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Shortening Ambulance Response Time Increases Survival in Out‐of‐Hospital Cardiac Arrest

Originally published of the American Heart Association. 2020;9:e017048



The ambulance response time in out‐of‐hospital cardiac arrest (OHCA) has doubled over the past 30 years in Sweden. At the same time, the chances of surviving an OHCA have increased substantially. A correct understanding of the effect of ambulance response time on the outcome after OHCA is fundamental for further advancement in cardiac arrest care.

Methods and Results

We used data from the SRCR (Swedish Registry of Cardiopulmonary Resuscitation) to determine the effect of ambulance response time on 30‐day survival after OHCA. We included 20 420 cases of OHCA occurring in Sweden between 2008 and 2017. Survival to 30 days was our primary outcome. Stratification and multiple logistic regression were used to control for confounding variables. In a model adjusted for age, sex, calendar year, and place of collapse, survival to 30 days is presented for 4 different groups of emergency medical services (EMS)‐crew response time: 0 to 6 minutes, 7 to 9 minutes, 10 to 15 minutes, and >15 minutes. Survival to 30 days after a witnessed OHCA decreased as ambulance response time increased. For EMS response times of >10 minutes, the overall survival among those receiving cardiopulmonary resuscitation before EMS arrival was slightly higher than survival for the sub‐group of patients treated with compressions‐only cardiopulmonary resuscitation.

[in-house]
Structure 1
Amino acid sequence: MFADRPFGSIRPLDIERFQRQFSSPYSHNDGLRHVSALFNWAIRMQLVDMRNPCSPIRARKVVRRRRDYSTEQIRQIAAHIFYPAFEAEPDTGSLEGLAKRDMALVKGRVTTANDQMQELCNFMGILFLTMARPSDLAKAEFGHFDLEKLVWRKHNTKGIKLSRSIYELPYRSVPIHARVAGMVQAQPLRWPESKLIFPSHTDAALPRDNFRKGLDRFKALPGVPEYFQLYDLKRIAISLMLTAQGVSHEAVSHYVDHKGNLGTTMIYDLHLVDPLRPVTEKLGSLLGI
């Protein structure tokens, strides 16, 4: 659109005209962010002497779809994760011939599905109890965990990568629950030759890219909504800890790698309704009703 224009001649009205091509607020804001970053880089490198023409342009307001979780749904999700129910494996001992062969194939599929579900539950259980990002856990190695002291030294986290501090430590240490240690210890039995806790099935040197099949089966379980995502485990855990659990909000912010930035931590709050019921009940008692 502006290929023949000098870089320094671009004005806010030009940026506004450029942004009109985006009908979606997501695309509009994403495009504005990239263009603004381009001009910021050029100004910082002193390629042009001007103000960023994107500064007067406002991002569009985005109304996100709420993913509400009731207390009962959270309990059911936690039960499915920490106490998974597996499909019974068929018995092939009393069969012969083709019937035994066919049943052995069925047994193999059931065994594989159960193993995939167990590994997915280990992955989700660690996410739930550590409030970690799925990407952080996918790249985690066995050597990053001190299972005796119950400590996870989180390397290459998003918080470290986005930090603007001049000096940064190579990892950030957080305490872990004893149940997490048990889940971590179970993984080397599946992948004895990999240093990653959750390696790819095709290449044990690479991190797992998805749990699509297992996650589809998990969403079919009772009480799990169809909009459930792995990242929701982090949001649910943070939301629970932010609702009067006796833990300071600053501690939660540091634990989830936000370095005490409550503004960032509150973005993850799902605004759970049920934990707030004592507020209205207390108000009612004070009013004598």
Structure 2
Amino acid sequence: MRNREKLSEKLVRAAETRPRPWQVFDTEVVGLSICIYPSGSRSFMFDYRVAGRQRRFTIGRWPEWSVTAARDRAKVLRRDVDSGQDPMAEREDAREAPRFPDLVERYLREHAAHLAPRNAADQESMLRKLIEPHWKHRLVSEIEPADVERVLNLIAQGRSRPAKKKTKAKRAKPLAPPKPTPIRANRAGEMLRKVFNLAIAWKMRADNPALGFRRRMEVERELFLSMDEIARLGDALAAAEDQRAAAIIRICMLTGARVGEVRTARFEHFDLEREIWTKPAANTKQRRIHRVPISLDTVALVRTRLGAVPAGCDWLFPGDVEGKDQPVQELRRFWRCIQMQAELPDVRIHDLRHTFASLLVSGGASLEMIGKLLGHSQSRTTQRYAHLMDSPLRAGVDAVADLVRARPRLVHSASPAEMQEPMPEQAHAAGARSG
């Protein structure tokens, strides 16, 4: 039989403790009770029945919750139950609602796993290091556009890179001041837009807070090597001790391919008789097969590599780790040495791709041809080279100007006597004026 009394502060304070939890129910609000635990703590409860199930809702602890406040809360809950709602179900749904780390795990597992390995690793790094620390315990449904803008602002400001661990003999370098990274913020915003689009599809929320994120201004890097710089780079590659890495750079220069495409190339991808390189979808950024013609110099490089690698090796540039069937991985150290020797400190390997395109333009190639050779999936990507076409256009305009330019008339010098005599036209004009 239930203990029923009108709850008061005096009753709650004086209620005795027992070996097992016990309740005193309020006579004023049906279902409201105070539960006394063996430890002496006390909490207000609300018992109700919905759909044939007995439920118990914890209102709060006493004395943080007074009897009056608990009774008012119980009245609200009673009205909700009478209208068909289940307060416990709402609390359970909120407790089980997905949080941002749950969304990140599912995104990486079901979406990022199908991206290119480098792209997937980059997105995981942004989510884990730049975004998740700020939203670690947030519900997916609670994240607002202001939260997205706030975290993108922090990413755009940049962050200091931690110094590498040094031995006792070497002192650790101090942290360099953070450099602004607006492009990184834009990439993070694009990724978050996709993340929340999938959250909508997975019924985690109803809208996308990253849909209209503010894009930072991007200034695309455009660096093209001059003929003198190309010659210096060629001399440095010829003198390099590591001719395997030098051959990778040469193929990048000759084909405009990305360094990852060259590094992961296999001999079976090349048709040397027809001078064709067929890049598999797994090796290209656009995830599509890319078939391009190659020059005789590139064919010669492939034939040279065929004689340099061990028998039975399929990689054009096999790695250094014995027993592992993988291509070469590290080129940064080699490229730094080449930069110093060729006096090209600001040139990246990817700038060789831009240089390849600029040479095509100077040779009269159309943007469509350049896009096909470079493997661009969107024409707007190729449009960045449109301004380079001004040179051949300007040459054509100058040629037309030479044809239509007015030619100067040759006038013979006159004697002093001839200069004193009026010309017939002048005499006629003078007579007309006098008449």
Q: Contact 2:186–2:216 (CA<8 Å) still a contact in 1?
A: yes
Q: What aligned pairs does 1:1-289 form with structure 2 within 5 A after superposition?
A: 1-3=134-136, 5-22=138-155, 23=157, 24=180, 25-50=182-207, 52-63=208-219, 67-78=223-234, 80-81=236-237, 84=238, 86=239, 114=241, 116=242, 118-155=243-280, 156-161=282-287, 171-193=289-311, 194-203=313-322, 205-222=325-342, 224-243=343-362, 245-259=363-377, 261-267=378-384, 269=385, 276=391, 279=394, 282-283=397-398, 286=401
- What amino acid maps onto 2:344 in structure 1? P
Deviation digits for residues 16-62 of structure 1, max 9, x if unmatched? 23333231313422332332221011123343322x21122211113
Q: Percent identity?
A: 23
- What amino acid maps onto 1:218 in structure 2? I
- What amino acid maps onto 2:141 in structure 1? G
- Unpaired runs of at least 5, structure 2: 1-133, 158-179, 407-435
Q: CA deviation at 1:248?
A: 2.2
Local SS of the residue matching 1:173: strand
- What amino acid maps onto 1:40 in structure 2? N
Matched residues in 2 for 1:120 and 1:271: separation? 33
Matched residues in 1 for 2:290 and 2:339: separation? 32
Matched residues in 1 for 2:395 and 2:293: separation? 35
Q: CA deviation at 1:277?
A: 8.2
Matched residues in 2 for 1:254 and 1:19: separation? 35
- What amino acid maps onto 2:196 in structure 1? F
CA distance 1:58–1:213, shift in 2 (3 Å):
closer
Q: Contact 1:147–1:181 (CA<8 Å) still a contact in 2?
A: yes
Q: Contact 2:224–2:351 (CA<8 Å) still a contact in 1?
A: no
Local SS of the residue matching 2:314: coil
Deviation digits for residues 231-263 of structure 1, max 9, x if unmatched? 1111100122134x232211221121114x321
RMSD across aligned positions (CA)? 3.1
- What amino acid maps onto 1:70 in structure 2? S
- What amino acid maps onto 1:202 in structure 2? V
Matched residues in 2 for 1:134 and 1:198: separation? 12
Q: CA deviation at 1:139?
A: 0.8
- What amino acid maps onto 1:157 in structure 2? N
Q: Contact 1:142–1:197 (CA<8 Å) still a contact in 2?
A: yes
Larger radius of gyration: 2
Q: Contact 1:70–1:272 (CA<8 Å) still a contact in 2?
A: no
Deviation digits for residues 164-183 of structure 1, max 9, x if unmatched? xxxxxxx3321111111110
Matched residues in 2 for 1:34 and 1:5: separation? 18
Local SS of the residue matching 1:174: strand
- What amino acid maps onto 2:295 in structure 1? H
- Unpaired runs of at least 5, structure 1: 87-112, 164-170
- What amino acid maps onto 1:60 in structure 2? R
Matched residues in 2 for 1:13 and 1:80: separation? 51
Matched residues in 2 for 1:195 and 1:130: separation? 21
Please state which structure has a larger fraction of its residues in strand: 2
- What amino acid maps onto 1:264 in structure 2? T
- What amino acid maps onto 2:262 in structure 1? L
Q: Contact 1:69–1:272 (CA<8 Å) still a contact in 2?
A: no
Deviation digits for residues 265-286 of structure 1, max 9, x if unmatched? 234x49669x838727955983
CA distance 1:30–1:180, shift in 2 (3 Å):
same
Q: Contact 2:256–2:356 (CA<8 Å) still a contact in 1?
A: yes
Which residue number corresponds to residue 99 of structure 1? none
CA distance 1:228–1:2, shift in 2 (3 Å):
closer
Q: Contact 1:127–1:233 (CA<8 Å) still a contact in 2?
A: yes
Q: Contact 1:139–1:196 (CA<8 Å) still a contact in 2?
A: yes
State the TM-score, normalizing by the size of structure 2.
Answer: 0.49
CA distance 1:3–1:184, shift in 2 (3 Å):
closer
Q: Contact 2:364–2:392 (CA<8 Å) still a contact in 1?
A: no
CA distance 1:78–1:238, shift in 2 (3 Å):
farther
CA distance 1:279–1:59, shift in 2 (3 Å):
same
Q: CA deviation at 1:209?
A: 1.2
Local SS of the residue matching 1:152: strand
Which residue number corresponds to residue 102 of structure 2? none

Survival to 30 days after a witnessed OHCA decreases as ambulance response times increase. This correlation was seen independently of initial rhythm and whether cardiopulmonary resuscitation was performed before EMS‐crew arrival. Shortening EMS response times is likely to be a fast and effective way of increasing survival in OHCA.

Nonstandard Abbreviations and Acronyms


cerebral performance categories


out‐of‐hospital cardiac arrest


pulseless electrical activity


pulseless ventricular tachycardia


Swedish Registry of Cardiopulmonary Resuscitation

Clinical Perspective

What is New?

  • We report decreasing survival as ambulance response time increases in witnessed out‐of‐hospital cardiac arrest. This association was independent of both initial rhythm and whether bystander‐initiated cardiopulmonary resuscitation (CPR) was performed or not.